Saturday, 25 February 2012

A houseplant I named Hope

I woke up this morning and decided to name one of my houseplants Amal, the Arabic word meaning ‘hope’. This plant, a variety of yucca if I am not mistaken, has been nameless since the day I bought it from a moving sale more than six years ago. But today, I realised how much she deserved this designation.

For most of the last six years, Amal has seemed to be on her last legs. Her leaves would consistently wilt at the tips to a dry crisp or sometimes turn entirely yellow, even if I wasn’t over-watering it. Unable to re-generate, one leaf would die and another would not grow in its place, leaving the trunk unusually bare compared with when I bought it.

I tried various plant foods, all of which failed to give her a renewed lease on life. If I thought perhaps she was getting too much sun, I would move her to a more shady area of the apartment, and vice versa. Nothing seemed to work. If anything, the more attention I paid, the worse her condition would become. While my other houseplant has grown to become lush, this one seemed to remain limp, barely clinging onto life. She somehow managed to hobble her way through the years, dormant and unchanged unless to further deplete.

A few months ago, I thought her vigour had finally come to an end. Many of the leaves had turned yellow, then brown and within a matter of weeks I removed about a third of them. I tried relocating the plant from the living room to the bedroom, placing her on the sill of the window that stretches from the ceiling to the floor so she would get a good dose of unhindered late-afternoon rays. I was hoping a change of location would improve her mood – but it didn’t seem to be working. 

Even under the care of my mother--whose green thumb has over the years turned many a bud into tall, massive clusters of lush leaves fit for a rainforest--couldn’t seem to cast her magic on this plant. I continued to remove dying leaves from the plant. Affectionately, I would carefully clean the leaves individually with water and caress them, whispering the words ‘Bismillah’, ‘In the Name of God’.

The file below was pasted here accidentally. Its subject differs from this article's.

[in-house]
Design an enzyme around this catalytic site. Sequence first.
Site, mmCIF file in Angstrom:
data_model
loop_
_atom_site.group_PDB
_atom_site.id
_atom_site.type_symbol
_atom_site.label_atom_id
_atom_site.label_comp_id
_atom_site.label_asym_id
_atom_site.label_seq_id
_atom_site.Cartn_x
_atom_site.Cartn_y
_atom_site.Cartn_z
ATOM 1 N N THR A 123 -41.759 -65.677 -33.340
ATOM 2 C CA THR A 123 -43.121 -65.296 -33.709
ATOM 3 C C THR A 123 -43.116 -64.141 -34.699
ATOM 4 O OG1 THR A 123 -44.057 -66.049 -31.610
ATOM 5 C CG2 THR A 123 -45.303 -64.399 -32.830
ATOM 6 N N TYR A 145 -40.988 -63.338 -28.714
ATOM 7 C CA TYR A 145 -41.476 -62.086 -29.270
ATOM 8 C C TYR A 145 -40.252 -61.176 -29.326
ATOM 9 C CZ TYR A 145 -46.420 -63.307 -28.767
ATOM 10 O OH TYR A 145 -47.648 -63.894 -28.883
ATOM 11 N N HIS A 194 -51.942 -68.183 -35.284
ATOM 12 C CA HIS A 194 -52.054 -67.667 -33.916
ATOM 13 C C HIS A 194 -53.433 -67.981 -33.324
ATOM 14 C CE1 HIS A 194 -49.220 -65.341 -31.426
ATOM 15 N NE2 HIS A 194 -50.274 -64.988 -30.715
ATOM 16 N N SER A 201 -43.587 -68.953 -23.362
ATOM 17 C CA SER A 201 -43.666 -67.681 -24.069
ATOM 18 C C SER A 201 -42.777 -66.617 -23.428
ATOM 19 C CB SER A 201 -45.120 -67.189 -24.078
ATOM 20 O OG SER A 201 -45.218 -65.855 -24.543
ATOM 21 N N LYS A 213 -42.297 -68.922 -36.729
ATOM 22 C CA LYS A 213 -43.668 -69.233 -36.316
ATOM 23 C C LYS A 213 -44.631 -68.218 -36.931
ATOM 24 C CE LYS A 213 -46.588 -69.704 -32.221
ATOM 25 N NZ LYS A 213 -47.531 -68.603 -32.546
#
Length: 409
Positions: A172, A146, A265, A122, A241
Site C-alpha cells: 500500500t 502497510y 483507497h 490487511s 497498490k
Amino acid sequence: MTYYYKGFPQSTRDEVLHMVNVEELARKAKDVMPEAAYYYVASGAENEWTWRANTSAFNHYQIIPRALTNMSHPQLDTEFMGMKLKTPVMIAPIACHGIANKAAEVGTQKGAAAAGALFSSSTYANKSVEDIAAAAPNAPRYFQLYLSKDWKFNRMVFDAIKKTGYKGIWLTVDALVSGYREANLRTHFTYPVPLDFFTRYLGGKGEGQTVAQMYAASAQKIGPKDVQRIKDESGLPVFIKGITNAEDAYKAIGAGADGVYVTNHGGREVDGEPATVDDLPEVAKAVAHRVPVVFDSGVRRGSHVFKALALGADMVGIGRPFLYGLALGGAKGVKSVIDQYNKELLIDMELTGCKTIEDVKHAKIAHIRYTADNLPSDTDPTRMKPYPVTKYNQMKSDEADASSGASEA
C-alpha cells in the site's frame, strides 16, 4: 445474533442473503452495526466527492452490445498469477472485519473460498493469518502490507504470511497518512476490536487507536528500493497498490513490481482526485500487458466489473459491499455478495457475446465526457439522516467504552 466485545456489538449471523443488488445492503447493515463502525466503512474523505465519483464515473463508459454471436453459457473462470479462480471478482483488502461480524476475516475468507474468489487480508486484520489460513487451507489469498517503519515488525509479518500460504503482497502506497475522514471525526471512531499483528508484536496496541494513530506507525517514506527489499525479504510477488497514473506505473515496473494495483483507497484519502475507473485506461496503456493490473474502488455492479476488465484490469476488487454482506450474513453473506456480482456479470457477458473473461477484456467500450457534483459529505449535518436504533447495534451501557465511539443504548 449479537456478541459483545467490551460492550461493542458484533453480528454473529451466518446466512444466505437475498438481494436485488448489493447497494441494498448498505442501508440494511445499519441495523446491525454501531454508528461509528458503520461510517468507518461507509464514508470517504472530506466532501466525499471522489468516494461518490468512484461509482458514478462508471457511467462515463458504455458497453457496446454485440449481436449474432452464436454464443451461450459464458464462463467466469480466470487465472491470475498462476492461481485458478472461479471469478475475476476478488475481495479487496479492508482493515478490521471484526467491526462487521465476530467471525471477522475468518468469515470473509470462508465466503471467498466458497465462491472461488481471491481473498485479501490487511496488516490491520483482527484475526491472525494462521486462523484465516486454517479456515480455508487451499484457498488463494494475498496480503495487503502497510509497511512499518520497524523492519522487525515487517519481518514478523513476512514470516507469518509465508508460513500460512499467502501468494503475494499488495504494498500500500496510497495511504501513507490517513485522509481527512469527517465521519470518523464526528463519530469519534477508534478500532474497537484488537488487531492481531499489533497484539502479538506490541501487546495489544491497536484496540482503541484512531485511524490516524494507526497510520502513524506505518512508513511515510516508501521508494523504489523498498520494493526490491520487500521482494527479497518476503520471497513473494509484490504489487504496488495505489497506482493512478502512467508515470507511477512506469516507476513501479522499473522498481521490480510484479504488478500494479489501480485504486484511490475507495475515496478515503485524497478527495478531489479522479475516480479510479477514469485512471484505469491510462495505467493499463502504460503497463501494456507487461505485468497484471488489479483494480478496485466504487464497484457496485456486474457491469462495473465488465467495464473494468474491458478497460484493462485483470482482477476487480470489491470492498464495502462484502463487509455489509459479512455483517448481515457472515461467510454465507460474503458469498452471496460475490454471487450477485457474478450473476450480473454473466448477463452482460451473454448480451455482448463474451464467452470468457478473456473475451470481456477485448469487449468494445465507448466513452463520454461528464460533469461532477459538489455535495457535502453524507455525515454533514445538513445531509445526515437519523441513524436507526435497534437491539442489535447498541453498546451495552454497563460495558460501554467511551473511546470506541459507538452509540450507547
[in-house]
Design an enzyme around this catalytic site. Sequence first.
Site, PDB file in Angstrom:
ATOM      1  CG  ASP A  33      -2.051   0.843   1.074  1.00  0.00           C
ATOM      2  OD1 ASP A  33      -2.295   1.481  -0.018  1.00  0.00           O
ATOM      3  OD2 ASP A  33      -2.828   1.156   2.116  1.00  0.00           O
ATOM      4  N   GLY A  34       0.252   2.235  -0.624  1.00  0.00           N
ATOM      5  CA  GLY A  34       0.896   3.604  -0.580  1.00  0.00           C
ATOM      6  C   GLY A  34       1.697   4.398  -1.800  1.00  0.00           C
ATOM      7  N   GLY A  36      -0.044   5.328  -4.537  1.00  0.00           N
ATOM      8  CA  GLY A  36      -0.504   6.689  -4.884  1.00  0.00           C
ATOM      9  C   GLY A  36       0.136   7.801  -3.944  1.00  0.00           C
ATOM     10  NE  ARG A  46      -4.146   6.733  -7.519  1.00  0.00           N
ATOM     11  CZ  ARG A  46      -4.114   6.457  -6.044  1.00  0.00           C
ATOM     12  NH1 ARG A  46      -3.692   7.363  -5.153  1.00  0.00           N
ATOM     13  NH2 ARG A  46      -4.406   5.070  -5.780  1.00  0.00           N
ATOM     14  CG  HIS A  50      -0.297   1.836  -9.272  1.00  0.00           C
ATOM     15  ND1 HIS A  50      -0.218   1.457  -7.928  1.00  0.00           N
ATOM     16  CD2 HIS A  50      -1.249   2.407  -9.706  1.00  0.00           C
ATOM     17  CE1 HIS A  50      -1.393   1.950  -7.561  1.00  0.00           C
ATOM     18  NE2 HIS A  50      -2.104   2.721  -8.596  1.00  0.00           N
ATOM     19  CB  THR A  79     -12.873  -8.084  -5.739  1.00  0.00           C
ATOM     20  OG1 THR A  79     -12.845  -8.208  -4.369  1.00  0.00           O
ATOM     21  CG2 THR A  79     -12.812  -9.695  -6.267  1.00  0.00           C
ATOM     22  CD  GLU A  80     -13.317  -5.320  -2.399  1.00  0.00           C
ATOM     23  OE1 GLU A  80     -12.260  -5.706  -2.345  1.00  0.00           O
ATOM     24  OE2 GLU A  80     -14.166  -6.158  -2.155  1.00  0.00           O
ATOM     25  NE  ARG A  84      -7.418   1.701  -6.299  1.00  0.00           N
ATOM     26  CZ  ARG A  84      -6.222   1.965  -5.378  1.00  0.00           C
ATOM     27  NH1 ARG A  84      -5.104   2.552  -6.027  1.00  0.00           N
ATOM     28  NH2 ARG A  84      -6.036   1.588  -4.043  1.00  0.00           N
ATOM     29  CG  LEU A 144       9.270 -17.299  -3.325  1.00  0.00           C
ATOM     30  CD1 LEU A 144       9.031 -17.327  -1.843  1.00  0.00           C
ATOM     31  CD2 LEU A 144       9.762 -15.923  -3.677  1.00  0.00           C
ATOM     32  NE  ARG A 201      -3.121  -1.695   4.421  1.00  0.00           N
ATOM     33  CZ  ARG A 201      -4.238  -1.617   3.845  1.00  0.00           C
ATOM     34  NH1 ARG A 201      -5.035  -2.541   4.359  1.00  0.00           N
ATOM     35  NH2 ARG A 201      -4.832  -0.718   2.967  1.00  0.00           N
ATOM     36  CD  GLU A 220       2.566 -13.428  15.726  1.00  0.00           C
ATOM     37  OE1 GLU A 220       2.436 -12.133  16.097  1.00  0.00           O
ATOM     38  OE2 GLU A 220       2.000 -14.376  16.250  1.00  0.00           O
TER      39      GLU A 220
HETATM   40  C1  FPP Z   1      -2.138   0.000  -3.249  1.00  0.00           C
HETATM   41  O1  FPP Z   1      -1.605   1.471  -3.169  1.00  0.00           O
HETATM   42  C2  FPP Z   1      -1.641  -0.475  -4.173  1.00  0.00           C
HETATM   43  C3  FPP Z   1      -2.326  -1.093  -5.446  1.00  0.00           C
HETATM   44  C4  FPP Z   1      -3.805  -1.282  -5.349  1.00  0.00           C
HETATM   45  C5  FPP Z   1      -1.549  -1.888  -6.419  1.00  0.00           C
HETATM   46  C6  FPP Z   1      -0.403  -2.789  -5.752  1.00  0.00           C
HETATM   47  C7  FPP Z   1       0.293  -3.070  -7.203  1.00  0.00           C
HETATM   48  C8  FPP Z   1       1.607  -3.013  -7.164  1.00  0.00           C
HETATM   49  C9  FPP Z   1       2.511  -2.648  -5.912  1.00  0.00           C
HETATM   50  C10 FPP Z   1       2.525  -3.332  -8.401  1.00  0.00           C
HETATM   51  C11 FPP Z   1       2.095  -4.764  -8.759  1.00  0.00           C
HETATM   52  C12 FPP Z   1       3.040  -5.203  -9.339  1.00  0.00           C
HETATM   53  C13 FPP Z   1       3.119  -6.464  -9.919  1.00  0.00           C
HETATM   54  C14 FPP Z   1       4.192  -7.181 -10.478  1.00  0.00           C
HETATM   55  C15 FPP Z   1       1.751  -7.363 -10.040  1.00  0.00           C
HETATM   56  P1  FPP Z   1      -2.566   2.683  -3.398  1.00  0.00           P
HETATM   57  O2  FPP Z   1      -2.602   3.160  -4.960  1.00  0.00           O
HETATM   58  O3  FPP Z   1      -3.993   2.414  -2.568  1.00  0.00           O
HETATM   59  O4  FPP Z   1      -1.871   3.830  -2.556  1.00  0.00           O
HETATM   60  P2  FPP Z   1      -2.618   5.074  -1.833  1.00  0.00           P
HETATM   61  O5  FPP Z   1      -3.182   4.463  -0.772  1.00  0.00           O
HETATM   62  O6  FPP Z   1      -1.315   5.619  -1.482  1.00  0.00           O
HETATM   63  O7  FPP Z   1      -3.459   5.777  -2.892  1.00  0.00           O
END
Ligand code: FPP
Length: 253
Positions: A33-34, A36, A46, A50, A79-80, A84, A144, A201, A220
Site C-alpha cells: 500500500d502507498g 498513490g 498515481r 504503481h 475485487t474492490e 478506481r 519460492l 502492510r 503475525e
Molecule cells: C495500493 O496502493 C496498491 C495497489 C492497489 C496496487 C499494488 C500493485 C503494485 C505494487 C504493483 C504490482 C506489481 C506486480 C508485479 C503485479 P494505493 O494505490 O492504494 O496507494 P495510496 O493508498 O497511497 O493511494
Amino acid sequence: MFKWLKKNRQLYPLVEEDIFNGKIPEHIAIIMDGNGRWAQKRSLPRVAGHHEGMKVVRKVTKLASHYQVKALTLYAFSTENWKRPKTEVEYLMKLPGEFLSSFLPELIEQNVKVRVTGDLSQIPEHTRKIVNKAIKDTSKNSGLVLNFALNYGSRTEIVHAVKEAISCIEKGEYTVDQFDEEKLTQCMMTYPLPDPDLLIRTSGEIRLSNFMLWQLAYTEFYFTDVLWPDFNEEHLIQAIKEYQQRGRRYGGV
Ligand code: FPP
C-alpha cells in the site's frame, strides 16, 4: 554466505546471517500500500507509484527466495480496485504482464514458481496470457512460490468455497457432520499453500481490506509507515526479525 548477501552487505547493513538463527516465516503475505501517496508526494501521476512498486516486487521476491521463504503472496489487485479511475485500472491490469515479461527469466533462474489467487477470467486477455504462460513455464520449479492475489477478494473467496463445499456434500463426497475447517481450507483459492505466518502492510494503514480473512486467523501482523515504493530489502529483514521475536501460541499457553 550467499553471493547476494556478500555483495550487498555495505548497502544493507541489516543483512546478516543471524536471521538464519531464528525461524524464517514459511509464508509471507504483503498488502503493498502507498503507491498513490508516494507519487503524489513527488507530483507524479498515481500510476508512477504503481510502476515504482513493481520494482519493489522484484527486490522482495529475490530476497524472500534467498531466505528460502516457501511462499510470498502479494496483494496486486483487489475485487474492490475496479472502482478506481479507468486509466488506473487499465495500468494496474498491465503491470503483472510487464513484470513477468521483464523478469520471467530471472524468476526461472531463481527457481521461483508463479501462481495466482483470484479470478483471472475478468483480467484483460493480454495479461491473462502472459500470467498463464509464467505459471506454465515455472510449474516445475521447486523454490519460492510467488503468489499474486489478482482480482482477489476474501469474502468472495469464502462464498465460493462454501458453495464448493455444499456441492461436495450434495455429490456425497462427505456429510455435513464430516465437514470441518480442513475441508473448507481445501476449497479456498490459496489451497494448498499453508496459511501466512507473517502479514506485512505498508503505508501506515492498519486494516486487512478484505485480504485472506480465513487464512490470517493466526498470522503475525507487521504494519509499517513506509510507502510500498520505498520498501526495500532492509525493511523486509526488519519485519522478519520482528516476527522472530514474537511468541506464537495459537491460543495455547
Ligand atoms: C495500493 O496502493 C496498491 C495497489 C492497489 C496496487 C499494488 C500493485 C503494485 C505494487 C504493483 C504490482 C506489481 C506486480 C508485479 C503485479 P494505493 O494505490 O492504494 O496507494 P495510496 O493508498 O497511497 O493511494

So, to be honest, I stopped paying attention and with a heavy heart, assumed there was nothing I could do to prevent the plant’s inevitable demise. Every living thing has its life span and if it was time for her to finally diminish, all of my efforts would fail.

God sends down rain from the sky and with it revives the earth when it is dead. There is truly a sign in this for people who listen.
(Quran, 16:65)

Then, in my neglect, the plant discovered hope again all on her own. I didn’t really notice the change as I quickly watered it each week without inspection. My mom was out of town and my sister and I had been travelling, too, so the health of the plant wasn’t the focus of my attention. Yet, somewhere along the way, I no longer needed to pull off dead leaves and the ones that were left started to slightly perk up.

Monday, 13 February 2012

Tunes for a Lifetime

Long before YouTube gave us instant access to all of our favourite music, my older sister and I would wait for the videos of our preferred artists to appear on televised music countdowns and record them on a videocassette so we could watch them over and over again. We would replay the tunes on the family room VCR and, along with our younger sister, often try to mimic the notes and dance moves of our most-loved musicians.

When I learned of Whitney Houston’s death yesterday, my mind almost instantly turned to that videotape because there was a song of hers that we had recorded on it and, at one stage when I was about 13-14 years old, I watched it repeatedly. It was called “Miracle”.  The holding power a great song has over the course of one’s lifetime is remarkable. Hearing it, we instantly tune back to the moment its effect was most palpable.  

Whitney’s immaculate, powerful voice singing the lyrics as she sat in what appeared as a deserted auditorium, juxtaposed with photographs of young people in various contexts of struggle and success, left an impression on me at a time in my life when I was searching for guidance.

We were dealing with some very personal, tricky family struggles that led my sisters and I to become quite closed off from our surroundings. At times, the pressure was overwhelming and it wasn’t always possible for me to derive comfort from loved ones. This video in particular, I would view intently and frequently.

How could you understand the way I feel.
How could you relate to so much pain.
Seems as though nothing can comfort me.
So today, I pray, that someone should listen…

Watching the black-and-white scenes and listening carefully as though Whitney’s lyrics were written for me, I understood the song to be about embracing circumstances, overcoming obstacles and making choices that would change our lives for the better. The song helped me contextualise the struggles I faced against the grander scheme of reality. As bad as things may have appeared, everyone has a taste of anguish and is often faced cumbersome tests of resolve and faith.